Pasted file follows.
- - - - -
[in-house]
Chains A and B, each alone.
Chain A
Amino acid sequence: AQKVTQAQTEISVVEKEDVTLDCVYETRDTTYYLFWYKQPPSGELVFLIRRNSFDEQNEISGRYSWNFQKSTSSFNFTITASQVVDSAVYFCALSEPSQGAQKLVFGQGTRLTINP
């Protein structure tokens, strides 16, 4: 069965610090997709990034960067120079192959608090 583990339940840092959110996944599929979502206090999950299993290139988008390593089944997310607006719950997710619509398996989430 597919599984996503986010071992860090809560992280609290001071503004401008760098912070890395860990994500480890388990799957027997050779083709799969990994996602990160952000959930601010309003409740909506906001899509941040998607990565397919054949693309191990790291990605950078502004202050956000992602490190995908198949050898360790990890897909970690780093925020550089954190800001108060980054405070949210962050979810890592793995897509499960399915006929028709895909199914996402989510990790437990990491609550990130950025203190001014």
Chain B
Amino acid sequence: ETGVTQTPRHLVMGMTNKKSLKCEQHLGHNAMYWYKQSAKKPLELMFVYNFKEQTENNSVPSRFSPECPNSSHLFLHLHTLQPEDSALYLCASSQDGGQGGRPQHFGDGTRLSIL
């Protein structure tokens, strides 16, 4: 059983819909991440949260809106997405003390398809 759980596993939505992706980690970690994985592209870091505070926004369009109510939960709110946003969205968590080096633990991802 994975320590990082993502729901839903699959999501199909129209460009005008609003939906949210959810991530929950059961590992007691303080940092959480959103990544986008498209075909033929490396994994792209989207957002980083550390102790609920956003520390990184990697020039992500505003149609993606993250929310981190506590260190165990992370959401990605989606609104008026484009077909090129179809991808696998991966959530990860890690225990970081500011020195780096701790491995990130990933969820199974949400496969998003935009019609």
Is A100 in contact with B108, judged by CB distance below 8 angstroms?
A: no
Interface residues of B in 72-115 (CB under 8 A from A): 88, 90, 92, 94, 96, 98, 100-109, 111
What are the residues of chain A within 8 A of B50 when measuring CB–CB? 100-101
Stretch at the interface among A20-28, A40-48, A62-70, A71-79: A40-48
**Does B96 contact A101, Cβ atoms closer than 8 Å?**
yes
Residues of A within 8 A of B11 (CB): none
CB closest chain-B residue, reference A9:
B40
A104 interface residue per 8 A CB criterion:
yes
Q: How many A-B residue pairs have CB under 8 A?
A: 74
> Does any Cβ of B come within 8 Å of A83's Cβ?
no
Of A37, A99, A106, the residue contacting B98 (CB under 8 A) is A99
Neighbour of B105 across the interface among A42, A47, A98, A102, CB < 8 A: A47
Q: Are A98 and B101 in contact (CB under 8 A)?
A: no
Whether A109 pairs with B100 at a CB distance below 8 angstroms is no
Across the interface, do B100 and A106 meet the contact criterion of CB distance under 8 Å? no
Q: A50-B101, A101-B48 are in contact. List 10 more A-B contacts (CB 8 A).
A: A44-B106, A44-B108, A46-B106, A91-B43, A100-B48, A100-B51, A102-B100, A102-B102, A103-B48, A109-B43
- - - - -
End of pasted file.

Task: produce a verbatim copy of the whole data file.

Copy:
[in-house]
Chains A and B, each alone.
Chain A
Amino acid sequence: AQKVTQAQTEISVVEKEDVTLDCVYETRDTTYYLFWYKQPPSGELVFLIRRNSFDEQNEISGRYSWNFQKSTSSFNFTITASQVVDSAVYFCALSEPSQGAQKLVFGQGTRLTINP
């Protein structure tokens, strides 16, 4: 069965610090997709990034960067120079192959608090 583990339940840092959110996944599929979502206090999950299993290139988008390593089944997310607006719950997710619509398996989430 597919599984996503986010071992860090809560992280609290001071503004401008760098912070890395860990994500480890388990799957027997050779083709799969990994996602990160952000959930601010309003409740909506906001899509941040998607990565397919054949693309191990790291990605950078502004202050956000992602490190995908198949050898360790990890897909970690780093925020550089954190800001108060980054405070949210962050979810890592793995897509499960399915006929028709895909199914996402989510990790437990990491609550990130950025203190001014």
Chain B
Amino acid sequence: ETGVTQTPRHLVMGMTNKKSLKCEQHLGHNAMYWYKQSAKKPLELMFVYNFKEQTENNSVPSRFSPECPNSSHLFLHLHTLQPEDSALYLCASSQDGGQGGRPQHFGDGTRLSIL
């Protein structure tokens, strides 16, 4: 059983819909991440949260809106997405003390398809 759980596993939505992706980690970690994985592209870091505070926004369009109510939960709110946003969205968590080096633990991802 994975320590990082993502729901839903699959999501199909129209460009005008609003939906949210959810991530929950059961590992007691303080940092959480959103990544986008498209075909033929490396994994792209989207957002980083550390102790609920956003520390990184990697020039992500505003149609993606993250929310981190506590260190165990992370959401990605989606609104008026484009077909090129179809991808696998991966959530990860890690225990970081500011020195780096701790491995990130990933969820199974949400496969998003935009019609």
Is A100 in contact with B108, judged by CB distance below 8 angstroms?
A: no
Interface residues of B in 72-115 (CB under 8 A from A): 88, 90, 92, 94, 96, 98, 100-109, 111
What are the residues of chain A within 8 A of B50 when measuring CB–CB? 100-101
Stretch at the interface among A20-28, A40-48, A62-70, A71-79: A40-48
**Does B96 contact A101, Cβ atoms closer than 8 Å?**
yes
Residues of A within 8 A of B11 (CB): none
CB closest chain-B residue, reference A9:
B40
A104 interface residue per 8 A CB criterion:
yes
Q: How many A-B residue pairs have CB under 8 A?
A: 74
> Does any Cβ of B come within 8 Å of A83's Cβ?
no
Of A37, A99, A106, the residue contacting B98 (CB under 8 A) is A99
Neighbour of B105 across the interface among A42, A47, A98, A102, CB < 8 A: A47
Q: Are A98 and B101 in contact (CB under 8 A)?
A: no
Whether A109 pairs with B100 at a CB distance below 8 angstroms is no
Across the interface, do B100 and A106 meet the contact criterion of CB distance under 8 Å? no
Q: A50-B101, A101-B48 are in contact. List 10 more A-B contacts (CB 8 A).
A: A44-B106, A44-B108, A46-B106, A91-B43, A100-B48, A100-B51, A102-B100, A102-B102, A103-B48, A109-B43